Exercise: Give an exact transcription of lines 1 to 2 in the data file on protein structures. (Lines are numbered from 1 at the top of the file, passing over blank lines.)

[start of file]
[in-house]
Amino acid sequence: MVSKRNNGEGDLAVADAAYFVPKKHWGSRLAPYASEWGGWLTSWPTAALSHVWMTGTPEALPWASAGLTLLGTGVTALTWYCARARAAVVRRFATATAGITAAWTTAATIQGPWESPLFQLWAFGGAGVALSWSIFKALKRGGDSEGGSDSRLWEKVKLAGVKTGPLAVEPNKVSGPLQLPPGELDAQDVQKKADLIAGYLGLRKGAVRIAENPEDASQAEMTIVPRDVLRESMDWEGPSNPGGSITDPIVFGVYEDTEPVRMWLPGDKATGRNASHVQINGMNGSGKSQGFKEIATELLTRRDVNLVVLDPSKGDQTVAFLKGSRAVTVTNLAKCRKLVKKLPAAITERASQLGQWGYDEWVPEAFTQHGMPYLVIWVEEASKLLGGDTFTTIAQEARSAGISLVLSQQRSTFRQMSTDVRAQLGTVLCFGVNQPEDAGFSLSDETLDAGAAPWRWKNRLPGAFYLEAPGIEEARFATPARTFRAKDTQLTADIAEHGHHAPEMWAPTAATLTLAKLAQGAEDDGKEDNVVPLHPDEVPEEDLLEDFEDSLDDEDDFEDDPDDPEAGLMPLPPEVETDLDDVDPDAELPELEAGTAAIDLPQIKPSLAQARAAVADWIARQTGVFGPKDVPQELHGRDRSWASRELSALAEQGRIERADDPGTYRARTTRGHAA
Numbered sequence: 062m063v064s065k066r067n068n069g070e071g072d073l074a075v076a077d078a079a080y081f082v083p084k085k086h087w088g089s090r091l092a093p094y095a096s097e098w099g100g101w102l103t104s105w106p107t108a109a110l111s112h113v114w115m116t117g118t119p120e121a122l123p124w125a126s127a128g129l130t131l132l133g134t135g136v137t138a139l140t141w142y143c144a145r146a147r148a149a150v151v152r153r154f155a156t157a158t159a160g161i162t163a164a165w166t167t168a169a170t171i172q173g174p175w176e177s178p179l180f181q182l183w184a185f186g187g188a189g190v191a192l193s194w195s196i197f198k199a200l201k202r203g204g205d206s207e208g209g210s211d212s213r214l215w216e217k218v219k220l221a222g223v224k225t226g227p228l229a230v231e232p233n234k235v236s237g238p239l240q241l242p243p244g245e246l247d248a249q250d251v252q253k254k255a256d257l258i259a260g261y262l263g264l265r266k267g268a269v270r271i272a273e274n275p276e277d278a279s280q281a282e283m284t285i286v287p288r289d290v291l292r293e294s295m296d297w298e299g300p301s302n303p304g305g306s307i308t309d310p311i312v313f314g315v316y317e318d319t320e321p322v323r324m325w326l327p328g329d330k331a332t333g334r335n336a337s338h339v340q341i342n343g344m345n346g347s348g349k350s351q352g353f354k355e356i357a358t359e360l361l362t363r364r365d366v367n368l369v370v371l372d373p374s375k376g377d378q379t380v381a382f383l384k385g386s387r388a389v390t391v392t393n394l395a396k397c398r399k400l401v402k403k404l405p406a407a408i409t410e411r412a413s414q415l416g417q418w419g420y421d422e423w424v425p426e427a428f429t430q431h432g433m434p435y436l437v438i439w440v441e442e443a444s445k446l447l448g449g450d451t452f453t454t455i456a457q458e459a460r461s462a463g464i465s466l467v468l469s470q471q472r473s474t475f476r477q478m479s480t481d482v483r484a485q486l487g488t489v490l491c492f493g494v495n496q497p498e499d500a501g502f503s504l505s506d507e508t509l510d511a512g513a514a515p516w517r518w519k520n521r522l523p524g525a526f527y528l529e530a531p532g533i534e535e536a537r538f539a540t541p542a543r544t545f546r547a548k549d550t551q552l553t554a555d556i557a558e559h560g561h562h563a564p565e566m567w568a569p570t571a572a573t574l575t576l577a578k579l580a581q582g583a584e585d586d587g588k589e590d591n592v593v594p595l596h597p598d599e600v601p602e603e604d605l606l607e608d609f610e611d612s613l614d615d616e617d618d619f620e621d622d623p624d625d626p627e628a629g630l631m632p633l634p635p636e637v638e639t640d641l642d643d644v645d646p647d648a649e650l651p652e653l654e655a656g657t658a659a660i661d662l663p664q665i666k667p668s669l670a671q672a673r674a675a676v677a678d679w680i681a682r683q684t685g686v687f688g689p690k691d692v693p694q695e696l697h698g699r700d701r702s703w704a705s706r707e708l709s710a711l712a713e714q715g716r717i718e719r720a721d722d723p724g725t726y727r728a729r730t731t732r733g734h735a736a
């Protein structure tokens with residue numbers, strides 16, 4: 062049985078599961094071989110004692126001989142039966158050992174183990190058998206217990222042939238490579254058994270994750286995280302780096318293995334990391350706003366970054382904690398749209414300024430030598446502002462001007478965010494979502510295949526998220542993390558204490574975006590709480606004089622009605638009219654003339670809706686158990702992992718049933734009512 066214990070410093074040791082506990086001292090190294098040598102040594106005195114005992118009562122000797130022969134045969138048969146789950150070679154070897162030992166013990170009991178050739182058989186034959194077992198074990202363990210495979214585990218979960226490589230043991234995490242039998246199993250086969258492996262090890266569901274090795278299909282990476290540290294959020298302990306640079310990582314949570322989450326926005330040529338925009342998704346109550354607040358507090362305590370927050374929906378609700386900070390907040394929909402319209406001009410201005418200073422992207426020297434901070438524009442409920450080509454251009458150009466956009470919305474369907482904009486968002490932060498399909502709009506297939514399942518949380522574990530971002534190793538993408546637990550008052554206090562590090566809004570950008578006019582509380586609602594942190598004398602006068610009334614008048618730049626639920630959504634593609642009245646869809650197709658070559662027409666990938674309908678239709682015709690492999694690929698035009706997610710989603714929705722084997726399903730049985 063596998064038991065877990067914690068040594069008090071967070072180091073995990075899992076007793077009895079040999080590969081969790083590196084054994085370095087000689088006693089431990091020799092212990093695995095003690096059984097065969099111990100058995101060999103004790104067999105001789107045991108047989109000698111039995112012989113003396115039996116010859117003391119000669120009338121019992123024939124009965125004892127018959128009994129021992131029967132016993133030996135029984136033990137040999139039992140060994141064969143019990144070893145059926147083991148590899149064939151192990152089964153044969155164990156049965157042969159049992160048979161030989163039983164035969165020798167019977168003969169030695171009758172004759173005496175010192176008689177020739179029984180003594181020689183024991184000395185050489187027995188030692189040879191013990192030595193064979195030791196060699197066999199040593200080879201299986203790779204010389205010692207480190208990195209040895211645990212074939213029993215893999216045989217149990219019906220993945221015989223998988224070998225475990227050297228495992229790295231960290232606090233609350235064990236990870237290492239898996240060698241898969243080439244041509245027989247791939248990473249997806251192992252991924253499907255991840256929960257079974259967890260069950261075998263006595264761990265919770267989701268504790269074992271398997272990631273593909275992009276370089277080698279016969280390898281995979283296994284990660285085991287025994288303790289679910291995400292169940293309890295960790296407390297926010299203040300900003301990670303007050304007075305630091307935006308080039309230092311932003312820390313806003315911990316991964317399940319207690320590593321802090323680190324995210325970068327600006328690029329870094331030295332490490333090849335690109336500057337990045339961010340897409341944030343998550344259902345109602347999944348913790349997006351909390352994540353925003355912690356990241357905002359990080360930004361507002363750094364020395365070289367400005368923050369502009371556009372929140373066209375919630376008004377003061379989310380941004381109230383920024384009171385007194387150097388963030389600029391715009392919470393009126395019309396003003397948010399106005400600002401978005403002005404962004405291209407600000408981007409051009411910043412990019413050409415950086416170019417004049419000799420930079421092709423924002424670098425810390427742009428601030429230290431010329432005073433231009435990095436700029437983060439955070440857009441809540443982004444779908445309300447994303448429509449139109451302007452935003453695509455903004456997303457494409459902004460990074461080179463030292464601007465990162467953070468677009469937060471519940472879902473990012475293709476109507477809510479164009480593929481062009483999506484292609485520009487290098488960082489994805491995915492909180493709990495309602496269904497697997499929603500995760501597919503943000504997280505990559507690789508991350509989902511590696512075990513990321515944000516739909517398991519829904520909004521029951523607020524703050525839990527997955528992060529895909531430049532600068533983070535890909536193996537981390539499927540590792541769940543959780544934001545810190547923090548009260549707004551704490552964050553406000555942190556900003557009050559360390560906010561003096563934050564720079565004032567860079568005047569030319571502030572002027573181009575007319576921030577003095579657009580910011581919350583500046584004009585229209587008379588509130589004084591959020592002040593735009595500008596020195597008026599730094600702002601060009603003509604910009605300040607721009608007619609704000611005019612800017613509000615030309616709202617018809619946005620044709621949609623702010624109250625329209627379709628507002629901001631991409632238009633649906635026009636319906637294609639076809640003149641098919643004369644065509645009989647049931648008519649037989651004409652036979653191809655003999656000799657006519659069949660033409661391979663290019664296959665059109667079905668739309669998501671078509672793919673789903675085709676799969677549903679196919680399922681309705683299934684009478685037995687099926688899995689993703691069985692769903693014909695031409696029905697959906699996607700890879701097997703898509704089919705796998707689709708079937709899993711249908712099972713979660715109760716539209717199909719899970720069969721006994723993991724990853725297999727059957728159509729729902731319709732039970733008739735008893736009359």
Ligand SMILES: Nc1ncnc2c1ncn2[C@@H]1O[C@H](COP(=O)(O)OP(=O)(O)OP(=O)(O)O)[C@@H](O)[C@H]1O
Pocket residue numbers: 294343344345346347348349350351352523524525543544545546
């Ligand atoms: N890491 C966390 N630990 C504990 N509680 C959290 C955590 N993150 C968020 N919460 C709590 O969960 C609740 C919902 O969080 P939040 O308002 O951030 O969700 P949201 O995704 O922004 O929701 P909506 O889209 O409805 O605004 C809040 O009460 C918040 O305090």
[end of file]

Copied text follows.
[in-house]
Amino acid sequence: MVSKRNNGEGDLAVADAAYFVPKKHWGSRLAPYASEWGGWLTSWPTAALSHVWMTGTPEALPWASAGLTLLGTGVTALTWYCARARAAVVRRFATATAGITAAWTTAATIQGPWESPLFQLWAFGGAGVALSWSIFKALKRGGDSEGGSDSRLWEKVKLAGVKTGPLAVEPNKVSGPLQLPPGELDAQDVQKKADLIAGYLGLRKGAVRIAENPEDASQAEMTIVPRDVLRESMDWEGPSNPGGSITDPIVFGVYEDTEPVRMWLPGDKATGRNASHVQINGMNGSGKSQGFKEIATELLTRRDVNLVVLDPSKGDQTVAFLKGSRAVTVTNLAKCRKLVKKLPAAITERASQLGQWGYDEWVPEAFTQHGMPYLVIWVEEASKLLGGDTFTTIAQEARSAGISLVLSQQRSTFRQMSTDVRAQLGTVLCFGVNQPEDAGFSLSDETLDAGAAPWRWKNRLPGAFYLEAPGIEEARFATPARTFRAKDTQLTADIAEHGHHAPEMWAPTAATLTLAKLAQGAEDDGKEDNVVPLHPDEVPEEDLLEDFEDSLDDEDDFEDDPDDPEAGLMPLPPEVETDLDDVDPDAELPELEAGTAAIDLPQIKPSLAQARAAVADWIARQTGVFGPKDVPQELHGRDRSWASRELSALAEQGRIERADDPGTYRARTTRGHAA